BayHaven, an ever-expanding celebration of Black foodways, returns to Charlotte

Greg (left) and Subrina Collier. The chef restaurateur duo launched the BayHaven food festival in 2022. Photo by Peter Taylor Photography
Chef and restaurateur Greg and Subrina Collier

Growing up in Memphis, Gregory and Subrina Collier were born with an appreciation for the flavors and diversity of Black foodways. Smoky, seasoned ribs and savory field peas were an expression of love in their communities. Today, Gregory—a three-time James Beard Best Chef: Southeast nominee—shares his heritage in the kitchen at Leah & Louise, the couple’s “modern juke joint” in Charlotte, NC. 

After getting their feet wet with pop-up dinners, the Colliers launched BayHaven Food & Wine Festival, a gathering of the nation’s top Black chefs and food entrepreneurs. Most events sold out at the inaugural festival in 2021, themed around the Roaring ‘20s. Buoyed by last year’s success, the festival has expanded to five days this year—Wednesday, October 19 to Sunday, October 23—and created an array of dinners and special events built around a “Homecoming” concept. Highlights include a Friends of James Beard dinner with 2022 Best Chef: Southeast, Ricky Moore, a “Zoe and Friends” six-course meal with British chef Zoe Adjonyoh of Zoe’s Ghana Kitchen (the popular cookbook and pop-up), and a prom-style homecoming gala. 

On the first day of last year’s festival, Subrina got the call that she was pregnant. “I was setting up a tent and holding a sandbag,” she recalls. “That I quickly put down.” This year, with a three-month-old in tow, the couple have learned to delegate, while honing in on smaller events that emphasize the patron experience. 

OpenTable caught up with Subrina as she readied final menus and plans for BayHaven 2022. Read on for exciting developments to look forward to at the festival, which kicks off on October 19.

A plate of food at the BayHaven food festival with sauce being poured from a spoon on top of a plate.
The BayHaven Food & Wine Festival has expanded to a five-day food-and-drink-filled event. Photo credit: BayHaven Food & Wine Festival.

OpenTable: Take us back to the roots of your personal and professional partnership as a couple. 

Subrina Collier: Greg was working at a hot wings spot in Memphis called Ching’s. I was at Christian Brothers University around the corner, and I used to go there to study. We became friends and started dating, and then he went to Phoenix for culinary school. I went out there for four or five years, but we got homesick and wanted to come back to the South and open a restaurant. We started looking for good cities for young Black entrepreneurs and landed in Charlotte. That was March 2012.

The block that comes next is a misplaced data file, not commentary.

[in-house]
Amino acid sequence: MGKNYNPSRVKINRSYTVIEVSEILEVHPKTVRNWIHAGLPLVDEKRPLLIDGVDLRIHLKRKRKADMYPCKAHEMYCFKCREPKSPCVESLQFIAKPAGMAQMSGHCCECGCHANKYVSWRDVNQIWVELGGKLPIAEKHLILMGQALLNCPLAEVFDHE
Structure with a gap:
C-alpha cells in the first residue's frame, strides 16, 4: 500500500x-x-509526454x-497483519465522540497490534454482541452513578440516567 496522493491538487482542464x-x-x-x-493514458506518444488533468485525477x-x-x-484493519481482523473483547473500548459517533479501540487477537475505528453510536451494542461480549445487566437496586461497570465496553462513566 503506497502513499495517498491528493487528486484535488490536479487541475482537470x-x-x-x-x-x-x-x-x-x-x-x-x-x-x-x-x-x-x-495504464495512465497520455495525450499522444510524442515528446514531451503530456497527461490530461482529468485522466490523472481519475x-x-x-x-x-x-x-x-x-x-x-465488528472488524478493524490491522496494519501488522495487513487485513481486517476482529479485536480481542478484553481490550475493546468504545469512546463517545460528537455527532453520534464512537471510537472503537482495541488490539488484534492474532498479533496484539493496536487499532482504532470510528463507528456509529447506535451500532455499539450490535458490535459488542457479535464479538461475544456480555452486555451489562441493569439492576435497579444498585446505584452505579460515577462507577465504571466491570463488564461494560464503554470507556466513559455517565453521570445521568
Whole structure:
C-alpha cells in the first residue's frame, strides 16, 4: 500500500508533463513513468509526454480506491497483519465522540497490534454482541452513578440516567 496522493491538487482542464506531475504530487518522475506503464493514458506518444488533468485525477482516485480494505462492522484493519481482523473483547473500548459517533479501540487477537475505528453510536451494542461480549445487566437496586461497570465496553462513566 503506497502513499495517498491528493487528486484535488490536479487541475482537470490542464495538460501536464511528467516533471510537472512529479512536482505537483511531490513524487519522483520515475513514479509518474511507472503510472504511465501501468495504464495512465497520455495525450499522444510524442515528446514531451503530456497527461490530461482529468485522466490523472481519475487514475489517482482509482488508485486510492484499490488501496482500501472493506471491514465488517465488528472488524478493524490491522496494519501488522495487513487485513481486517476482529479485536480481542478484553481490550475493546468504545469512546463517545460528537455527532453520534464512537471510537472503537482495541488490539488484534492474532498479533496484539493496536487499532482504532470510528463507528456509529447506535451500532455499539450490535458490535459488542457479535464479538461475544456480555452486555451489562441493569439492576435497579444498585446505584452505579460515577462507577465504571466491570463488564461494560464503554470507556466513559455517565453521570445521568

OT: You’ve opened and managed two restaurants [Uptown Yolk, their first in Charlotte, and now Leah & Louise], but what inspired you to launch a large-scale food festival?

SC: We had Greek and Italian festivals growing up in Memphis. I have a memory of ordering a spaghetti dish that was different than any spaghetti I’d ever had, and it made me say, “Whoa, this is amazing.” That was an early-in-life inspiration to do a food and wine festival based around Black culinarians and beverage makers.
We went to festivals like Charleston Wine + Food and Euphoria Greenville, and did a mini festival in 2020 with food stalls and an outdoor dinner. I kept dipping my toe into it to see how logistics would work. By late 2020, after Greg asked me 20 or 30 times if I was sure, we kicked it off. 

OT: Tell us more about the Homecoming theme this year.

SC: I used to go to my college’s homecoming every year. It’s all about fellowship and people coming back together. We want this festival to be a nucleus, like a college homecoming. It’s a call for people to come and kick it with us. 

A group of chefs and restaurateurs at Charlotte's BayHaven food festival in 2022.
Subrina Collier (center), at 2021’s festival. Photo credit: BayHaven Food & Wine Festival

OT: What lessons from last year have you incorporated into 2022?

SC: Last year, the dinners were huge, like 200 people. They were beautiful and fun, but it’s hard to get 200 dishes and 200 glasses of champagne out at the same time when you want everything to be fresh and perfect. We reduced our dinners to 50 or 60 people so that we can keep them intimate, and brought the brunch event down to 125 people. We want the experience to be perfect. 

We’ve also made a point to keep everything close by, so that visiting chefs aren’t commuting all over town. Most events are at the Camp North End campus, with just a couple of other locations. We have a huge area for our tasting tent, but we still try to keep that at about 1,000 people or below. 

OT: Who should come to BayHaven?

SC: People that want to eat good food. We have a lot of different genres and regions represented. You may have had collard greens or field peas, but you probably haven’t had the interpretations of those dishes you can try at BayHaven. 

OT: What are you most anticipating this year?

SC: I’m looking forward to the six-course dinner with Chef Zoe and Adjoa Courtney’s (Chef Joya) vegan and vegetarian dinner. She makes vegan dishes that taste like you just had a plate full of meat. 

I’m also so excited about the homecoming gala. It’ll be like an adult prom, and Harvey Cummings II is the musical act. And, of course, the tasting tent is always fun. You get stuffed before you know it.

BayHaven Food & Wine Festival begins Wednesday, October 19, and continues through Sunday, October 23.

Marquee events include the Pregame Food Truck Rally on Oct. 21 (passes include an unlimited food and drinks ticket for $85), the Pep Rally Tasting Tents (Oct. 22, $150 for all-inclusive) and the Post-Game Tailgate Cookout ($115) on Oct. 23. 

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